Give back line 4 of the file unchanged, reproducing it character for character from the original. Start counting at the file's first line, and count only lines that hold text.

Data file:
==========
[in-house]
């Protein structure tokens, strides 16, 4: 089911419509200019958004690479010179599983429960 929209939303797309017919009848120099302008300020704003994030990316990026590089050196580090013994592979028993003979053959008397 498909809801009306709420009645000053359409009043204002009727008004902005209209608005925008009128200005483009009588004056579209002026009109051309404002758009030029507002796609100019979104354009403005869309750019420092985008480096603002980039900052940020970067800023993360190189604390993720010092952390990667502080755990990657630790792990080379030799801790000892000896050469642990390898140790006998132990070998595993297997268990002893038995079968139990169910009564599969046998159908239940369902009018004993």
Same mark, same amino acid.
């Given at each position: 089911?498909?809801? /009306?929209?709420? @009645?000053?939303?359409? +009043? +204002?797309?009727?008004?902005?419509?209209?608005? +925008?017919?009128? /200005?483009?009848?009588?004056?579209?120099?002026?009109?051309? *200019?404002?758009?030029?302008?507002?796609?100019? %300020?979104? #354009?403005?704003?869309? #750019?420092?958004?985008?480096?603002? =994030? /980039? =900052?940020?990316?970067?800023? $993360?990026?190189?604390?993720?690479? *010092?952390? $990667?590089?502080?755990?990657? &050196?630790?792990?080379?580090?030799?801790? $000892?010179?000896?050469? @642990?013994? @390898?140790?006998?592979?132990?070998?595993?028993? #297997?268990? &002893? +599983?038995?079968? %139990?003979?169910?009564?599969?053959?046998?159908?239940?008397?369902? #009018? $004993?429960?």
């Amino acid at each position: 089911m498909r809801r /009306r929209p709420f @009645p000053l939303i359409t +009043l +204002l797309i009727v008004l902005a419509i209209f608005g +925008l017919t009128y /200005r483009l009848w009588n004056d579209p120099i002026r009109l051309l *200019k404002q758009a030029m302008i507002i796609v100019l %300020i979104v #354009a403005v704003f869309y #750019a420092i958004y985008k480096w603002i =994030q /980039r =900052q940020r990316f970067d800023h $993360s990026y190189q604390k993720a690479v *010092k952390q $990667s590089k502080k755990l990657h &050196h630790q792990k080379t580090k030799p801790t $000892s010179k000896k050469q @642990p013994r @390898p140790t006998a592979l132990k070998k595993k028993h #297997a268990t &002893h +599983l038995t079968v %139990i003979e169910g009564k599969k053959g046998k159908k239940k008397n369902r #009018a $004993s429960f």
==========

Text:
């Given at each position: 089911?498909?809801? /009306?929209?709420? @009645?000053?939303?359409? +009043? +204002?797309?009727?008004?902005?419509?209209?608005? +925008?017919?009128? /200005?483009?009848?009588?004056?579209?120099?002026?009109?051309? *200019?404002?758009?030029?302008?507002?796609?100019? %300020?979104? #354009?403005?704003?869309? #750019?420092?958004?985008?480096?603002? =994030? /980039? =900052?940020?990316?970067?800023? $993360?990026?190189?604390?993720?690479? *010092?952390? $990667?590089?502080?755990?990657? &050196?630790?792990?080379?580090?030799?801790? $000892?010179?000896?050469? @642990?013994? @390898?140790?006998?592979?132990?070998?595993?028993? #297997?268990? &002893? +599983?038995?079968? %139990?003979?169910?009564?599969?053959?046998?159908?239940?008397?369902? #009018? $004993?429960?």